Supplemental, end-of-day, and sole-source lighting from light-emitting diodes influences growth, morphology, and quality of annual bedding plant seedlings
Annual bedding plants make up the largest sector of the U.S. floriculture industry. High-quality annual bedding plant seedlings are compact, fully rooted transplants with a large stem caliper and high root dry mass. However, production usually occurs in late winter or early spring when the daily light integral (DLI) is as low as 1 to 5 mol·m–2·d –1 in northern latitudes. Therefore, supplemental lighting (SL) is often used to increase the DLI to a recommended 10 to 12 mol·m –2·d–1. The objectives of this study were to: 1) quantify the effects of SL from three light-emitting diode (LED) sources of different light qualities and high-pressure sodium (HPS) lamps; 2) quantify the effects of end-of-day (EOD) light from incandescent and compact fluorescent lamps, LEDs of low, medium, and high red:far-red light ratios, or mixed red:blue:far-red ratios (Expt. 2); and 3) quantify the effects of ambient light and SL from LEDs, HPS, and plasma (PL) lamps in a greenhouse, and the effects of sole-source light (SS) from LEDs with two different light qualities in a growth chamber vertical production system (Expt. 3) on seedling growth, morphology, quality, and subsequent flowering. Supplemental light proportions (%) from LEDs (Expt. 1 and 3) ranged from 100:0 to 70:30 red:blue light, and EOD (Expt. 2) LED light proportions ranged from 100:0 to 50:50 red:far-red or 100:0:0 to 0:100:0 and 62:33:5 red:blue:far-red light. In Expt. 1, stem elongation of Catharanthus, Celosia, Impatiens, Petunia, Tagetes, Salvia, and Viola seedlings was reduced 9%-55% under 85:15 red:blue LEDs compared to HPS lamps. In Expt. 2, stem elongation of Petunia seedlings after 21 d of EOD light was reduced up to 48% under LEDs providing a red:far-red light ratio ≥4.5 compared to ≈0.9; and 10%-11% under 100:0:0, 75:25:0, and 25:75:0 red:blue:far-red LEDs compared to 62:33:5 red:blue:far-red LEDs. In Expt. 3, stem elongation of Pelargonium, Petunia, and Tagetes was reduced up to 79% under SS compared to HPS lamps. Quality index, a quantitative measurement of quality, of Petunia was 44%–129% greater for seedlings grown under all light treatments compared to ambient solar light (control). Additionally, with the exception of Impatiens, time to flower was similar or reduced for seedlings propagated under light treatments compared to the control. Overall, the results obtained from these experiments indicate that SL, EOD lighting, and SS can be used to enhance seedling growth, morphology, and quality without substantially delaying subsequent flowering of the annual bedding plant species tested.^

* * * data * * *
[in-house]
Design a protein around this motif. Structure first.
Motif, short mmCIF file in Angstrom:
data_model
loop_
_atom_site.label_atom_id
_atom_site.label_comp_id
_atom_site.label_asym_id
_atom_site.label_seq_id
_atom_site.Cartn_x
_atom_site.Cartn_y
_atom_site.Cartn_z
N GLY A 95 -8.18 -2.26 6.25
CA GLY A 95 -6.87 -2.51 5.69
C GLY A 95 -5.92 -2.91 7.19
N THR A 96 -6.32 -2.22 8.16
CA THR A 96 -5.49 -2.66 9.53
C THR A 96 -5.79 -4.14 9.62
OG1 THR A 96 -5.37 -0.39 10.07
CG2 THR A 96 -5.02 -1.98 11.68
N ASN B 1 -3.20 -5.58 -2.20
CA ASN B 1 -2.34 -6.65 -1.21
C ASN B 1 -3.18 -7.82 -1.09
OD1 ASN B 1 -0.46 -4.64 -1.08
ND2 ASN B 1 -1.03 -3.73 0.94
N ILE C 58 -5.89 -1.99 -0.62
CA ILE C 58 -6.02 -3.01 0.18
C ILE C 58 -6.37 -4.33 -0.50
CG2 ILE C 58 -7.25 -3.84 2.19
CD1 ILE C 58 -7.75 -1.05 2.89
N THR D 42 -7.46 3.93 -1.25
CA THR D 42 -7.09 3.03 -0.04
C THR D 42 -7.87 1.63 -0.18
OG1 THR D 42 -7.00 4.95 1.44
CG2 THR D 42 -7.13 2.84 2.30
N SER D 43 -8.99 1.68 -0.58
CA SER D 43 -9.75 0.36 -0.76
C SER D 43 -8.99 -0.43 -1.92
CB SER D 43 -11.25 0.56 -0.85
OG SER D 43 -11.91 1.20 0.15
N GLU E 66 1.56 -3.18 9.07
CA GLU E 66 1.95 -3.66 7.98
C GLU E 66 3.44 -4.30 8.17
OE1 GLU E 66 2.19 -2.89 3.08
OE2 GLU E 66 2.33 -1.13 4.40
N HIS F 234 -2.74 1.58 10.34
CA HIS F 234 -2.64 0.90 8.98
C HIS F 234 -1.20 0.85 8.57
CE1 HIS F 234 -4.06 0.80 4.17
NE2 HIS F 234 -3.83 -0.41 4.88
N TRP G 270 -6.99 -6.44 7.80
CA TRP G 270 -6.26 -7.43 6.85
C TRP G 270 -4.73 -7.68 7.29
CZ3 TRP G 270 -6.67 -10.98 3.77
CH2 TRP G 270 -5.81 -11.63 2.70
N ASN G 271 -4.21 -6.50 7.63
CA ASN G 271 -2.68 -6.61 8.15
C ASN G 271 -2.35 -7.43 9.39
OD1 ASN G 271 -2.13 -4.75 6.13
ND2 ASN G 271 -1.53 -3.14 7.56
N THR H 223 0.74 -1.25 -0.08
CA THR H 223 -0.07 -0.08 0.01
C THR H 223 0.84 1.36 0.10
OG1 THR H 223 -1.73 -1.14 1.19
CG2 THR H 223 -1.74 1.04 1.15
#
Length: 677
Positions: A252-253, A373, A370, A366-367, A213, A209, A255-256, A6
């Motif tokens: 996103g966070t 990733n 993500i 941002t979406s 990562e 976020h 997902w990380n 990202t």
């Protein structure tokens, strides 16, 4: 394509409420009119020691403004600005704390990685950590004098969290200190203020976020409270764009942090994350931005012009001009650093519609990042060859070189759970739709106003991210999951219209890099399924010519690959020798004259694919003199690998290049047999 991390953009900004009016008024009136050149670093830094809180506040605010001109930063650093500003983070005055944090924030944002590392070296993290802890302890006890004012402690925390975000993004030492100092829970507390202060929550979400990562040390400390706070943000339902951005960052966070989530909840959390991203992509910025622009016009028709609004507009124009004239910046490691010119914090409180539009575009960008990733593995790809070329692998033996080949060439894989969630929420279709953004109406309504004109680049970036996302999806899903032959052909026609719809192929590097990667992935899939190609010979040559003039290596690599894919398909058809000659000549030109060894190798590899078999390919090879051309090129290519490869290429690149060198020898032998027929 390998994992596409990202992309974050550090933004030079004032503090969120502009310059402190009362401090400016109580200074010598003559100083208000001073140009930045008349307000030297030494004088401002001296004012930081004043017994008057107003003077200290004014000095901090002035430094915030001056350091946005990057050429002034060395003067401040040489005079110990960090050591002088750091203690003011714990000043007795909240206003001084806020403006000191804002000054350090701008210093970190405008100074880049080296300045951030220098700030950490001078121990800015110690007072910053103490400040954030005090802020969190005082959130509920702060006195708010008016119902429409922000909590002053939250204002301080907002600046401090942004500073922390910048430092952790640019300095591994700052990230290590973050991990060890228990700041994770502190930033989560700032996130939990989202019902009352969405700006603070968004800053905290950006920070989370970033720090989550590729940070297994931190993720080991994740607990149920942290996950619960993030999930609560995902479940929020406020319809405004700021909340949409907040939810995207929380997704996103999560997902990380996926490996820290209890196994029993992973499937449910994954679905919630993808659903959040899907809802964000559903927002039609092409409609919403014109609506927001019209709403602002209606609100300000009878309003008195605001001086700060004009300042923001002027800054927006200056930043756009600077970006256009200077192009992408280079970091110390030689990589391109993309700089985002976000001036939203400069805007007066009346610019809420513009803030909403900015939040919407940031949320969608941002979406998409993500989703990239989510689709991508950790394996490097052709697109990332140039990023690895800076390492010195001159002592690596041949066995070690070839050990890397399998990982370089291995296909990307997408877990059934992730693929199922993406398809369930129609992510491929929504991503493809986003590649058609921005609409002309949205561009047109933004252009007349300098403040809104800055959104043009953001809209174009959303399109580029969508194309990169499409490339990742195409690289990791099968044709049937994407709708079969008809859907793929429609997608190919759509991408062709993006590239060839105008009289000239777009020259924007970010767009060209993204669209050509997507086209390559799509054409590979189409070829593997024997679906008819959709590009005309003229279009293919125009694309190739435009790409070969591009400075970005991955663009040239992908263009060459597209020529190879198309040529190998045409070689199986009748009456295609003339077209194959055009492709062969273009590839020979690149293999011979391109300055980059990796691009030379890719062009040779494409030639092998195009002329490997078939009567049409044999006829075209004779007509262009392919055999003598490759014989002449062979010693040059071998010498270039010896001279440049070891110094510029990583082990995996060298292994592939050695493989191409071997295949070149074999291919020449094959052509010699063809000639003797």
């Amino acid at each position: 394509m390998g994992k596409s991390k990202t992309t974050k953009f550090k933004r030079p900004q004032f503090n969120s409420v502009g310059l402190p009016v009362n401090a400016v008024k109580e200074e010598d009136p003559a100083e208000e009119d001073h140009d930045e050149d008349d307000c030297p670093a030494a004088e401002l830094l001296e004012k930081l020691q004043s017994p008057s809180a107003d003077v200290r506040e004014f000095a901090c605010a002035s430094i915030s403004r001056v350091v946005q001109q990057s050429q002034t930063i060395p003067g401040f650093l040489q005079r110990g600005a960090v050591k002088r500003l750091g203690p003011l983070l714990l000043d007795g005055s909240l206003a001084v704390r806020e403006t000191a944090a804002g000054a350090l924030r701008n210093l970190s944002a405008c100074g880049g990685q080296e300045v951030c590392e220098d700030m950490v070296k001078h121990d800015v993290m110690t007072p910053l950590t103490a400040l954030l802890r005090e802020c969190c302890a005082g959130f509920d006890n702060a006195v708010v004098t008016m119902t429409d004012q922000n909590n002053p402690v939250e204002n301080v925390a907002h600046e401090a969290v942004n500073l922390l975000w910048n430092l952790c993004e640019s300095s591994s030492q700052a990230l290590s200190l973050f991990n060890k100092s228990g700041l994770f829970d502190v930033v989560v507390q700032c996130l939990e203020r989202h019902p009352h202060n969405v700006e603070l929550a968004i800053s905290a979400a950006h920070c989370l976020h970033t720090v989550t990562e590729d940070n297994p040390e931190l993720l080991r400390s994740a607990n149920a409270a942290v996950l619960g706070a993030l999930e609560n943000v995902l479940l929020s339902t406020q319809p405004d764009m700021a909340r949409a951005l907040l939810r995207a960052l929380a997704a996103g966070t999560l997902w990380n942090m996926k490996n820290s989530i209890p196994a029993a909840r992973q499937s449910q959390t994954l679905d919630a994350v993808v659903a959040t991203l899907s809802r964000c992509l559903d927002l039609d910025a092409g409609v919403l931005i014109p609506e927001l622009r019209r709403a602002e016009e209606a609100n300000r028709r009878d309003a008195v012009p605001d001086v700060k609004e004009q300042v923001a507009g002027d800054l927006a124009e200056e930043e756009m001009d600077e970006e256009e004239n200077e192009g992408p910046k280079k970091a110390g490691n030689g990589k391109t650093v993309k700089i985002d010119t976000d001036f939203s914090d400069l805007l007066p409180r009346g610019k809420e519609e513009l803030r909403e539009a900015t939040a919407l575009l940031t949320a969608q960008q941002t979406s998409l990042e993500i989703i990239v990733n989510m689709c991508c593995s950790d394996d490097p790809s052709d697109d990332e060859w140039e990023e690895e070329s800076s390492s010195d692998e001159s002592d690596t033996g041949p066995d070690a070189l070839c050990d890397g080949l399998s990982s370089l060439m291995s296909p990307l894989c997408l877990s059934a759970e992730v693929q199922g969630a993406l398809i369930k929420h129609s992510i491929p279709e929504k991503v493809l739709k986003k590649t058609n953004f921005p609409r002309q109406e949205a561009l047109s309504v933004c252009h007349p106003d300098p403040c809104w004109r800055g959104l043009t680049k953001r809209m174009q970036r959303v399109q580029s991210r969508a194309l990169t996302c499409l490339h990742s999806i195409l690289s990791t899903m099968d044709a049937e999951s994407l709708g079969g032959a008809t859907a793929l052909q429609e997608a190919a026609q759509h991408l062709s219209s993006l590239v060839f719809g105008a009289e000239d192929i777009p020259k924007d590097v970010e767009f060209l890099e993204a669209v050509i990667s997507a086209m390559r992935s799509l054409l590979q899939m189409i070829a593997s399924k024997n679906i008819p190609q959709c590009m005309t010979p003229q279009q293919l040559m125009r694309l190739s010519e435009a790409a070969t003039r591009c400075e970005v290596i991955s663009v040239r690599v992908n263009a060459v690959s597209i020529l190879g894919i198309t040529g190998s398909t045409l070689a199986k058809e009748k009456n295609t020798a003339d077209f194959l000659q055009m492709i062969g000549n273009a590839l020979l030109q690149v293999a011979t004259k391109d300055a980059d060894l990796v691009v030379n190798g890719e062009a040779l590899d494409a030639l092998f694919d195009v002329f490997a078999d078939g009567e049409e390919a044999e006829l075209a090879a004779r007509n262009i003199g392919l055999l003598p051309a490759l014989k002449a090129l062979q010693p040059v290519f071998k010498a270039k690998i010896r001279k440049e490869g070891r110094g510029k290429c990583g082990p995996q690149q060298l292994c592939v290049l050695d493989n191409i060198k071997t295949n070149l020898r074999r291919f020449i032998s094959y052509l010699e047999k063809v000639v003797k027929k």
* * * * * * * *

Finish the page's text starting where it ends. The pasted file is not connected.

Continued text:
Roberto Lopez, Purdue University.
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